Initiatives to lower permissible blood alcohol content (BAC) levels for drivers were somewhat more popular. Currently, most states allow a maximum permissible BAC level of .10 percent. Eleven states have lowered BAC levels to .08 percent, and many more states are expected to follow suit. Preliminary research by the National Highway Traffic Safety Administration (NHTSA) indicates that such laws help reduce drinking and driving crash deaths.

Fifty-nine percent (26 of 44) of all respondents approved the lower legal BAC limit. Organizations (20 of 29) which do not accept alcohol industry funds were 60% more likely to support lower BAC levels than those (6 of 14) which currently take industry money and 30% more likely than groups (11 of 21) that recently took money.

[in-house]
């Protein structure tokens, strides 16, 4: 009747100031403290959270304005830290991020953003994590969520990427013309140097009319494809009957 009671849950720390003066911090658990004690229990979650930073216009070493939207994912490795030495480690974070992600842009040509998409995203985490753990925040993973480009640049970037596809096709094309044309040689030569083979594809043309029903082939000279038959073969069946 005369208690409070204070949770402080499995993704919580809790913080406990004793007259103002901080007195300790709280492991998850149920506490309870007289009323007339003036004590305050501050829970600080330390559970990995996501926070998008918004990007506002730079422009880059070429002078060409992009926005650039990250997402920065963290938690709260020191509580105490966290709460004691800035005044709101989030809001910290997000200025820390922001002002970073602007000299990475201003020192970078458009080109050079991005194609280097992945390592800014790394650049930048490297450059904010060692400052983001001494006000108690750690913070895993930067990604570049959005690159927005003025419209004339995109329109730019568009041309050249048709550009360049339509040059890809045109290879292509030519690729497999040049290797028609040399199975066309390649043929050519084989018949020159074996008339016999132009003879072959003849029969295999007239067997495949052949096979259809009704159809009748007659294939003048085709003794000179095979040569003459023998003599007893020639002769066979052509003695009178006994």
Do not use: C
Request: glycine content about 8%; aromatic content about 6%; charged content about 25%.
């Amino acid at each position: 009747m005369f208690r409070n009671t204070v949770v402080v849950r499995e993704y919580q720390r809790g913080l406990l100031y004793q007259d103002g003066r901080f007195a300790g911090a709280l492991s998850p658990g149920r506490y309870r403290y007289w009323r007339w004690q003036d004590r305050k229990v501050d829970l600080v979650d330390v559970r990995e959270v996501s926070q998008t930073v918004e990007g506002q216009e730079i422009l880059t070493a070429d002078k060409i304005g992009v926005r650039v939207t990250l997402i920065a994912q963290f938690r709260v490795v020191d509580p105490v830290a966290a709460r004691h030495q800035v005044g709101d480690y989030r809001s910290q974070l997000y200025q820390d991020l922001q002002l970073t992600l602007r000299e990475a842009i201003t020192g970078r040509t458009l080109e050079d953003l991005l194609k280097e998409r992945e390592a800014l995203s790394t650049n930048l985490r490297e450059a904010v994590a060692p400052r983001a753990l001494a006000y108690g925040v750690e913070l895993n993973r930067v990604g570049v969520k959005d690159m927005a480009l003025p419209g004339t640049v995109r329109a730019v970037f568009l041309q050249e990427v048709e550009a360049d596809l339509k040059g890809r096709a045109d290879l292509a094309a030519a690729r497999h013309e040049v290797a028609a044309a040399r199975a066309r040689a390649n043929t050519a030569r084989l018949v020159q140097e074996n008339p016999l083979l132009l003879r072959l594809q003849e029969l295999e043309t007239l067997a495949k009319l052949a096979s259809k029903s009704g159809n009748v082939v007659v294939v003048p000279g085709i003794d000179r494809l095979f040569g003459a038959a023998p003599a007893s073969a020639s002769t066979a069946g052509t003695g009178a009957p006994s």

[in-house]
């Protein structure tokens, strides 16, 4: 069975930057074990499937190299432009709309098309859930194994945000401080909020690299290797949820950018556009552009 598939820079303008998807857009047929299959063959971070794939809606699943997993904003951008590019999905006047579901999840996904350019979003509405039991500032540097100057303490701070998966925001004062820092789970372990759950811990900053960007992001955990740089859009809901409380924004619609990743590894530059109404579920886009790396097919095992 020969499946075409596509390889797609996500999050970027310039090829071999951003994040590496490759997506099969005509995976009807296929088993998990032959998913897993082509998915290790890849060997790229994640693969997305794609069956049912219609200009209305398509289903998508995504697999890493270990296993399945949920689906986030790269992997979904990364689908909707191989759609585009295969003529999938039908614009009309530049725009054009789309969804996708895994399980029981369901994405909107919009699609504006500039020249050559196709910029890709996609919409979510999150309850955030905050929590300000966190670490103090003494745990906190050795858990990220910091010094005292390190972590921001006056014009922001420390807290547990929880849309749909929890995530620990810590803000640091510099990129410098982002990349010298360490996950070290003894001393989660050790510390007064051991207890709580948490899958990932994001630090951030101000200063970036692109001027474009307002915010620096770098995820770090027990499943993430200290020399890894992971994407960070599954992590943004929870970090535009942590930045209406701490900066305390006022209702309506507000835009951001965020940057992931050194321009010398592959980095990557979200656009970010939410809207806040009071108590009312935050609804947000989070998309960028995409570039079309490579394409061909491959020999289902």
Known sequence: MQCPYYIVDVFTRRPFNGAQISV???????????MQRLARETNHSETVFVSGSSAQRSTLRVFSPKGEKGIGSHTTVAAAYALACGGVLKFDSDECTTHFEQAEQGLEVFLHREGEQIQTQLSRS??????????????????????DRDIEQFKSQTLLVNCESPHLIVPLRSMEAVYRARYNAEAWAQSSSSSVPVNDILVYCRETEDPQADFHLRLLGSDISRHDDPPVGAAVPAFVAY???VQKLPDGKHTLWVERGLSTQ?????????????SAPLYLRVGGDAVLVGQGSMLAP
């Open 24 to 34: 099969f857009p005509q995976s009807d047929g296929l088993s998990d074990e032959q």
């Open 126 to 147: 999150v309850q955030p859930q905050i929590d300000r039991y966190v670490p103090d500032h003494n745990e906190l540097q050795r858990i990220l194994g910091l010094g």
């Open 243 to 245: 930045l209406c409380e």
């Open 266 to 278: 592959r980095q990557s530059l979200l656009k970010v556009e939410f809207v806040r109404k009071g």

Of all the drunk-driving policies, designated-driver campaigns were the most popular. Typically, these campaigns seek to reduce drunk-driving crashes by attempting to change individual behavior through the mass media. Public service announcements, often sponsored by large alcohol producers, encourage consumers to select a non-drinking driver to transport a group of drinkers.

Designated-driver campaigns have steadily gained recognition and popularity since the late 1980's, even receiving endorsement from President Clinton. Thus, it is no surprise that 84% of all survey respondents (37 of 44) and 86% (30 of 35) of industry-supported groups backed this initiative.

Although the difference in support was minimal (86% for industry vs 83% for CSAP grantees), alcoholic-beverage industry approval of designated-driver campaigns may have influenced the attitudes of the industry-sponsored organizations. The designated-driver campaign option was the only policy in the survey to receive a higher margin of support from groups that receive alcohol-industry funds than from those which don't.